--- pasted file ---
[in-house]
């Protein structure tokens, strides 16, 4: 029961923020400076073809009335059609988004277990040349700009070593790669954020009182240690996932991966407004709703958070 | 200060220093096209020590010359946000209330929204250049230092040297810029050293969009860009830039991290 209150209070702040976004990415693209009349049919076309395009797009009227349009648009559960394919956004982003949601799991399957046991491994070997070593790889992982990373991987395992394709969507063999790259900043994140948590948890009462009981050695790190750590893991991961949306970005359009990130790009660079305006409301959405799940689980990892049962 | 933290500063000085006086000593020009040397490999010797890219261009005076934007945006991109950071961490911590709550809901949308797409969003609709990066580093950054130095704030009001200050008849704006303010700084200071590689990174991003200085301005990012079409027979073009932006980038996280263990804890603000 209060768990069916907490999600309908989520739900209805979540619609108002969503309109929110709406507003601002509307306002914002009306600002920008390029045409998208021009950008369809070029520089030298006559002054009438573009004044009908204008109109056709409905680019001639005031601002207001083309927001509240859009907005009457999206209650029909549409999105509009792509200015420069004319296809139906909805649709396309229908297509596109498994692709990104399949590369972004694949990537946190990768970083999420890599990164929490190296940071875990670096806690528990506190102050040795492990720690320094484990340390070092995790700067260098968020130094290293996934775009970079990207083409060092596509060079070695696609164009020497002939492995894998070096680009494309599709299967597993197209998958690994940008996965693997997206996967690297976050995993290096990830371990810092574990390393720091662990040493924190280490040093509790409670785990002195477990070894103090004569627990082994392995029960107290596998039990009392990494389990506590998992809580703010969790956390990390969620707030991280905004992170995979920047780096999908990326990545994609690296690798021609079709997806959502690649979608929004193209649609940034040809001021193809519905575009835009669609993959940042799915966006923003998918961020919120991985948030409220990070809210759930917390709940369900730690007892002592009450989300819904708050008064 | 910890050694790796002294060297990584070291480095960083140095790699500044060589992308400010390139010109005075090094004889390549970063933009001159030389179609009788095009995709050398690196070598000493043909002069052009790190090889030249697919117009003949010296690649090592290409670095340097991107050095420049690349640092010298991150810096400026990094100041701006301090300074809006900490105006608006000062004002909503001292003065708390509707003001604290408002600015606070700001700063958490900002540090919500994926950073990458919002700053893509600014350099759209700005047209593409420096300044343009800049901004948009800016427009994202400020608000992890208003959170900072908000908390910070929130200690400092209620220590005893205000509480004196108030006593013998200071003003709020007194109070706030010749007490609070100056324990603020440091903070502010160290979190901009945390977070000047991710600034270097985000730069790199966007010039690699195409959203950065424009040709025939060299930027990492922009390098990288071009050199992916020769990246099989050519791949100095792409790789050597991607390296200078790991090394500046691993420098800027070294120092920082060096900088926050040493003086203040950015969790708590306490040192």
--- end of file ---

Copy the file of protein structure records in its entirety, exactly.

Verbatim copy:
[in-house]
């Protein structure tokens, strides 16, 4: 029961923020400076073809009335059609988004277990040349700009070593790669954020009182240690996932991966407004709703958070 | 200060220093096209020590010359946000209330929204250049230092040297810029050293969009860009830039991290 209150209070702040976004990415693209009349049919076309395009797009009227349009648009559960394919956004982003949601799991399957046991491994070997070593790889992982990373991987395992394709969507063999790259900043994140948590948890009462009981050695790190750590893991991961949306970005359009990130790009660079305006409301959405799940689980990892049962 | 933290500063000085006086000593020009040397490999010797890219261009005076934007945006991109950071961490911590709550809901949308797409969003609709990066580093950054130095704030009001200050008849704006303010700084200071590689990174991003200085301005990012079409027979073009932006980038996280263990804890603000 209060768990069916907490999600309908989520739900209805979540619609108002969503309109929110709406507003601002509307306002914002009306600002920008390029045409998208021009950008369809070029520089030298006559002054009438573009004044009908204008109109056709409905680019001639005031601002207001083309927001509240859009907005009457999206209650029909549409999105509009792509200015420069004319296809139906909805649709396309229908297509596109498994692709990104399949590369972004694949990537946190990768970083999420890599990164929490190296940071875990670096806690528990506190102050040795492990720690320094484990340390070092995790700067260098968020130094290293996934775009970079990207083409060092596509060079070695696609164009020497002939492995894998070096680009494309599709299967597993197209998958690994940008996965693997997206996967690297976050995993290096990830371990810092574990390393720091662990040493924190280490040093509790409670785990002195477990070894103090004569627990082994392995029960107290596998039990009392990494389990506590998992809580703010969790956390990390969620707030991280905004992170995979920047780096999908990326990545994609690296690798021609079709997806959502690649979608929004193209649609940034040809001021193809519905575009835009669609993959940042799915966006923003998918961020919120991985948030409220990070809210759930917390709940369900730690007892002592009450989300819904708050008064 | 910890050694790796002294060297990584070291480095960083140095790699500044060589992308400010390139010109005075090094004889390549970063933009001159030389179609009788095009995709050398690196070598000493043909002069052009790190090889030249697919117009003949010296690649090592290409670095340097991107050095420049690349640092010298991150810096400026990094100041701006301090300074809006900490105006608006000062004002909503001292003065708390509707003001604290408002600015606070700001700063958490900002540090919500994926950073990458919002700053893509600014350099759209700005047209593409420096300044343009800049901004948009800016427009994202400020608000992890208003959170900072908000908390910070929130200690400092209620220590005893205000509480004196108030006593013998200071003003709020007194109070706030010749007490609070100056324990603020440091903070502010160290979190901009945390977070000047991710600034270097985000730069790199966007010039690699195409959203950065424009040709025939060299930027990492922009390098990288071009050199992916020769990246099989050519791949100095792409790789050597991607390296200078790991090394500046691993420098800027070294120092920082060096900088926050040493003086203040950015969790708590306490040192």